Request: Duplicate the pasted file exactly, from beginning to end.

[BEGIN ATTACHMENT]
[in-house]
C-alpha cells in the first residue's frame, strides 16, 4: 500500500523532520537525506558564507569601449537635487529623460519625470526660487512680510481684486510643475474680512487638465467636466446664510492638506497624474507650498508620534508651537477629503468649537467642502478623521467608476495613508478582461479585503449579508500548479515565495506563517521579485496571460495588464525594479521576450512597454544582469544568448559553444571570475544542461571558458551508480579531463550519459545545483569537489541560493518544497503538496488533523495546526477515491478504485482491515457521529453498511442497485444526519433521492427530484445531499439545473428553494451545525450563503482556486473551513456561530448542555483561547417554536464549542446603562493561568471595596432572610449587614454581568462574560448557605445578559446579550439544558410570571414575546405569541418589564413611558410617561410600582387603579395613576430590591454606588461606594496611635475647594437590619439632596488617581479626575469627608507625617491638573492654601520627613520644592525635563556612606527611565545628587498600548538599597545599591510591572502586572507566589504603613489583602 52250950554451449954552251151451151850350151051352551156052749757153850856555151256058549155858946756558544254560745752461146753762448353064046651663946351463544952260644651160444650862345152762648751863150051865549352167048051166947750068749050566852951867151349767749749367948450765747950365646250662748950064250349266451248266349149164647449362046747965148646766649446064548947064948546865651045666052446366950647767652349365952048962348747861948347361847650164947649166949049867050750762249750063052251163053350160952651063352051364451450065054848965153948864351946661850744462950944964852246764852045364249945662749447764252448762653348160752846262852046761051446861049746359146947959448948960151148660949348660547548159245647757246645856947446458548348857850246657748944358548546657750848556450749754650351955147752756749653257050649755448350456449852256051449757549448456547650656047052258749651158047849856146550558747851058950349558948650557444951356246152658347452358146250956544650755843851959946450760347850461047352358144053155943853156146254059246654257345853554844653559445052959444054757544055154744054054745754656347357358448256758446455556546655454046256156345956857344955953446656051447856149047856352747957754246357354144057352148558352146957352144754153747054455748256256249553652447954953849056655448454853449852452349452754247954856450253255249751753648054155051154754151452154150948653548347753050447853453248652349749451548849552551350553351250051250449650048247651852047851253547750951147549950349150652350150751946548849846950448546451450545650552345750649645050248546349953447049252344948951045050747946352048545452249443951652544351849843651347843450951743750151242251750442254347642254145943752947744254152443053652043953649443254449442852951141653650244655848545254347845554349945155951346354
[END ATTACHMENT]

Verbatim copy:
[in-house]
C-alpha cells in the first residue's frame, strides 16, 4: 500500500523532520537525506558564507569601449537635487529623460519625470526660487512680510481684486510643475474680512487638465467636466446664510492638506497624474507650498508620534508651537477629503468649537467642502478623521467608476495613508478582461479585503449579508500548479515565495506563517521579485496571460495588464525594479521576450512597454544582469544568448559553444571570475544542461571558458551508480579531463550519459545545483569537489541560493518544497503538496488533523495546526477515491478504485482491515457521529453498511442497485444526519433521492427530484445531499439545473428553494451545525450563503482556486473551513456561530448542555483561547417554536464549542446603562493561568471595596432572610449587614454581568462574560448557605445578559446579550439544558410570571414575546405569541418589564413611558410617561410600582387603579395613576430590591454606588461606594496611635475647594437590619439632596488617581479626575469627608507625617491638573492654601520627613520644592525635563556612606527611565545628587498600548538599597545599591510591572502586572507566589504603613489583602 52250950554451449954552251151451151850350151051352551156052749757153850856555151256058549155858946756558544254560745752461146753762448353064046651663946351463544952260644651160444650862345152762648751863150051865549352167048051166947750068749050566852951867151349767749749367948450765747950365646250662748950064250349266451248266349149164647449362046747965148646766649446064548947064948546865651045666052446366950647767652349365952048962348747861948347361847650164947649166949049867050750762249750063052251163053350160952651063352051364451450065054848965153948864351946661850744462950944964852246764852045364249945662749447764252448762653348160752846262852046761051446861049746359146947959448948960151148660949348660547548159245647757246645856947446458548348857850246657748944358548546657750848556450749754650351955147752756749653257050649755448350456449852256051449757549448456547650656047052258749651158047849856146550558747851058950349558948650557444951356246152658347452358146250956544650755843851959946450760347850461047352358144053155943853156146254059246654257345853554844653559445052959444054757544055154744054054745754656347357358448256758446455556546655454046256156345956857344955953446656051447856149047856352747957754246357354144057352148558352146957352144754153747054455748256256249553652447954953849056655448454853449852452349452754247954856450253255249751753648054155051154754151452154150948653548347753050447853453248652349749451548849552551350553351250051250449650048247651852047851253547750951147549950349150652350150751946548849846950448546451450545650552345750649645050248546349953447049252344948951045050747946352048545452249443951652544351849843651347843450951743750151242251750442254347642254145943752947744254152443053652043953649443254449442852951141653650244655848545254347845554349945155951346354